Straight people here must feel some constitutional obligation to make out in the most public -- and the most vulgar -- ways possible. Especially if they aren't especially porntastic. (We saw one particularely egregious display tonight on a park bench. The man was sitting facing the river, like most people do. But the woman -- I kid you not -- was straddling his lap with her skirt hiked up and her lady business blowing in the breeze. The FREEZING breeze.)
Speaking of hiked-up skirts, there are two unfortunate fashion trends sweeping London at the moment. One is shorty-short skirts and towering heels. Which would be fine in, say, August -- but it's FREEZING here. Put on something warm already, ladies -- you're making my balls shrink up. The other is what can only be desribed as toreador chic: bolero jackets, knee leggings and ballet slippers. Again: not weather-appropriate. And also: rarely flattering.
One more self-righteous, Ameri-centric piece of judgment: "Shag" is never appropriate. Not on your floors (hard to vacuum), not in your sexual overtures (sounds REALLY gay) and ESPECIALLY not on your heads (looks like hell). Trust me on this.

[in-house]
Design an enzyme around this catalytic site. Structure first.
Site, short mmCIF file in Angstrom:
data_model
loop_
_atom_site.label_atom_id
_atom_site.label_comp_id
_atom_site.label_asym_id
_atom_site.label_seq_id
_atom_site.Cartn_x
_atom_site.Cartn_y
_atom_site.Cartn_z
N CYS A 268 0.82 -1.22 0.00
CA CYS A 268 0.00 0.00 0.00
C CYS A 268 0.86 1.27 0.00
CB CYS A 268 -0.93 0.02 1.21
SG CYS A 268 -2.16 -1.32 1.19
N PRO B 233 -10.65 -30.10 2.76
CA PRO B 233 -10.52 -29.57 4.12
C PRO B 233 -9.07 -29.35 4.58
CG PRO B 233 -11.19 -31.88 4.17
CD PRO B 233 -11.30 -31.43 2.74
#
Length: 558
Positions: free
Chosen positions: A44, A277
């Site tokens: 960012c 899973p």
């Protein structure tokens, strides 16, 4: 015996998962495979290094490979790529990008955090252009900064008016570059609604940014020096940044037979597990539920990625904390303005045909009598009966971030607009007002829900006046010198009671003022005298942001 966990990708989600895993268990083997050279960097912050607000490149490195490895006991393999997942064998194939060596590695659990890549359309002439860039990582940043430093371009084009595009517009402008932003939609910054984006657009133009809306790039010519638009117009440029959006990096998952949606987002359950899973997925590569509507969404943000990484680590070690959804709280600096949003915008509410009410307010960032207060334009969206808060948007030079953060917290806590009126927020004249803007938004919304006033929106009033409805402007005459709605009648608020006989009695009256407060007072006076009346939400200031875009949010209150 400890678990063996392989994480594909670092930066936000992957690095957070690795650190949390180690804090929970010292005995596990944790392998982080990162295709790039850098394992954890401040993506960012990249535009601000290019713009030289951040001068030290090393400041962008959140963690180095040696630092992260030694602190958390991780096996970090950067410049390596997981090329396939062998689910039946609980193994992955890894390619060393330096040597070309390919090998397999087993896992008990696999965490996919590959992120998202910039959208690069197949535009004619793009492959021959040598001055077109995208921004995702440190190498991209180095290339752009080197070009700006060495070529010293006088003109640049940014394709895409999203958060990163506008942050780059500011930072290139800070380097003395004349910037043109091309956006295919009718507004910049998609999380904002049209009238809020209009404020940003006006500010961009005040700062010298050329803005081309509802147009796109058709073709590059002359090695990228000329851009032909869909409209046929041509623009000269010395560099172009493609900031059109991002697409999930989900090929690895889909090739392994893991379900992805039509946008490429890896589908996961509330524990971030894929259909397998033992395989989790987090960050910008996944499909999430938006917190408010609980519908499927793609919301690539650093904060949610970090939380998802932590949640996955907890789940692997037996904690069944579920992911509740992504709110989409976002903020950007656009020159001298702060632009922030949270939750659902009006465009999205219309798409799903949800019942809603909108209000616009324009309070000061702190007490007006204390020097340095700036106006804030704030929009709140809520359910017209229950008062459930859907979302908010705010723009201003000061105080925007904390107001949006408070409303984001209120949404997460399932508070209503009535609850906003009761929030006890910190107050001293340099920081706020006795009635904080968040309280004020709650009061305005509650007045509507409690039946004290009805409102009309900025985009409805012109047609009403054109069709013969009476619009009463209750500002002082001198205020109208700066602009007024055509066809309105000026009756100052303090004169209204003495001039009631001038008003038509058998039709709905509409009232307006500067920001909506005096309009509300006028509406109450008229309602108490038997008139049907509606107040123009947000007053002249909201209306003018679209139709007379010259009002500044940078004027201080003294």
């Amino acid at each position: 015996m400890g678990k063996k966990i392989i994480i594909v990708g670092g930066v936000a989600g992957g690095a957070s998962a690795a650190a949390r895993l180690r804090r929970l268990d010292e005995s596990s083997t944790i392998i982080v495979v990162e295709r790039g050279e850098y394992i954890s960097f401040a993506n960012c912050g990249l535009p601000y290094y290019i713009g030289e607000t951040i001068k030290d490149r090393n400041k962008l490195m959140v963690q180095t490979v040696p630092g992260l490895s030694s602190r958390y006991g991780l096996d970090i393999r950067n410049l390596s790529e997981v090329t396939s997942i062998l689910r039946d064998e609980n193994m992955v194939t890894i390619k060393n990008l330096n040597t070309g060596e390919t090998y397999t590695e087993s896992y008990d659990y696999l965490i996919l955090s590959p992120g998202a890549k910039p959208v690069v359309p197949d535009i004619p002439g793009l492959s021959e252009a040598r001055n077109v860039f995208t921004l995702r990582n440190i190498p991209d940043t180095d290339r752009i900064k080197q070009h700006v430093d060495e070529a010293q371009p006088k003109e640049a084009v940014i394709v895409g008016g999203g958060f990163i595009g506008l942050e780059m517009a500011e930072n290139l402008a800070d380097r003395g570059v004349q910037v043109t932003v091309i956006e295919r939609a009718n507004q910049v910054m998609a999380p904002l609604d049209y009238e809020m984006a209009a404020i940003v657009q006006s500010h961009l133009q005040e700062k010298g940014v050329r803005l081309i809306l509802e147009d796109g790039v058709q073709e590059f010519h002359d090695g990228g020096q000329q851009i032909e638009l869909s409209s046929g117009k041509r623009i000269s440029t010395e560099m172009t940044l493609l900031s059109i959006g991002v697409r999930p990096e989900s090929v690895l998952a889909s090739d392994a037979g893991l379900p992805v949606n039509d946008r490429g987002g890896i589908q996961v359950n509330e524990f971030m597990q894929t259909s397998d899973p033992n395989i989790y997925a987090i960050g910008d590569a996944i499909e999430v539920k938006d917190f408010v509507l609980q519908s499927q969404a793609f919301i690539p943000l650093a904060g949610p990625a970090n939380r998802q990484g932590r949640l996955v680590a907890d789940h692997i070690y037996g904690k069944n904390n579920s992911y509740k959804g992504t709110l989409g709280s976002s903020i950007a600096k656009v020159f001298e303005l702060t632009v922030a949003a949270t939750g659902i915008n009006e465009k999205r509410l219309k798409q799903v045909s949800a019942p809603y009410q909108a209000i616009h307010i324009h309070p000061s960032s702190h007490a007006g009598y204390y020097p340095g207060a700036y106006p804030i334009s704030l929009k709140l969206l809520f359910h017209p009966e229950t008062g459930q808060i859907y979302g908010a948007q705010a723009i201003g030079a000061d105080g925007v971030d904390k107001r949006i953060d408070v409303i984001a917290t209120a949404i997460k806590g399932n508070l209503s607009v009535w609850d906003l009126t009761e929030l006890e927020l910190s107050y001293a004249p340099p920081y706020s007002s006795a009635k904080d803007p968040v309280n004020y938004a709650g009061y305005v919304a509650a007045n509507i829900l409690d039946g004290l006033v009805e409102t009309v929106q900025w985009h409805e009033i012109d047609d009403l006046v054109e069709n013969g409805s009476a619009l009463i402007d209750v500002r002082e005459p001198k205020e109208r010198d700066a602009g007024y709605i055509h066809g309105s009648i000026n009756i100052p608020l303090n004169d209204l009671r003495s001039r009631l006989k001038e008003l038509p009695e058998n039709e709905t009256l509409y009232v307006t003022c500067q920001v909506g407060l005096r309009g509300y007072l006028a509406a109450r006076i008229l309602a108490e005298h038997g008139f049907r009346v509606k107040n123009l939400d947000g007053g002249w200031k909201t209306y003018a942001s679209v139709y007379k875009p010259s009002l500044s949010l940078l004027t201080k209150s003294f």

I spent the day with my high-school friend Lucy, whom I haven't seen in over 10 years. She lives here now, and amid shopping and National Gallerying and eating and more eating, we got all caught up on long-lost friends and long-overdue gossip. Unfortunately, neither of us had anything particularly juicy to share about anyone.
We saw Mary Poppins (the new musical, not the mythical nanny) last night in what must have been just-returned seats in the front center of the dress circle. The seats could NOT have been better, and we got them just a few hours before curtain. Yay us! The show is delightful, packed to the brim with fabulous costumes and endless special effects and clever, tightly rehearsed choreography and a soaring, animated set that deserves a Pulitzer Prize. The old songs from the movie are almost all there, but they're dragged down by new material that's dark and kind of uninspired and clearly the product of a different (and slightly lesser) creative mind. One observation: There's a point near the end of the show that's nothing short of a technical landmark that's suddenly, conspicuously followed by no more special effects. From that point forward, the cast sings the last few songs on a bare stage with ultra-basic lighting effects, as though the technical budget took the directors only so far and all they had left for the ending were a few gobos left over from a high-school production of Man of La Mancha. The show is still a delight, but after all that buildup you're kind of expecting something a little bigger. I'm just sayin'.
Before the show, our friend Jim from Chicago, who was in town for business, met us for cocoa and then joined us for dinner afterward at the fabulous (and fabulously staffed) Balans. Come for the food, but stay for the waiters. And the other patrons. Woof.
Now it's off to bed and a long flight home tomorrow. Cheerio!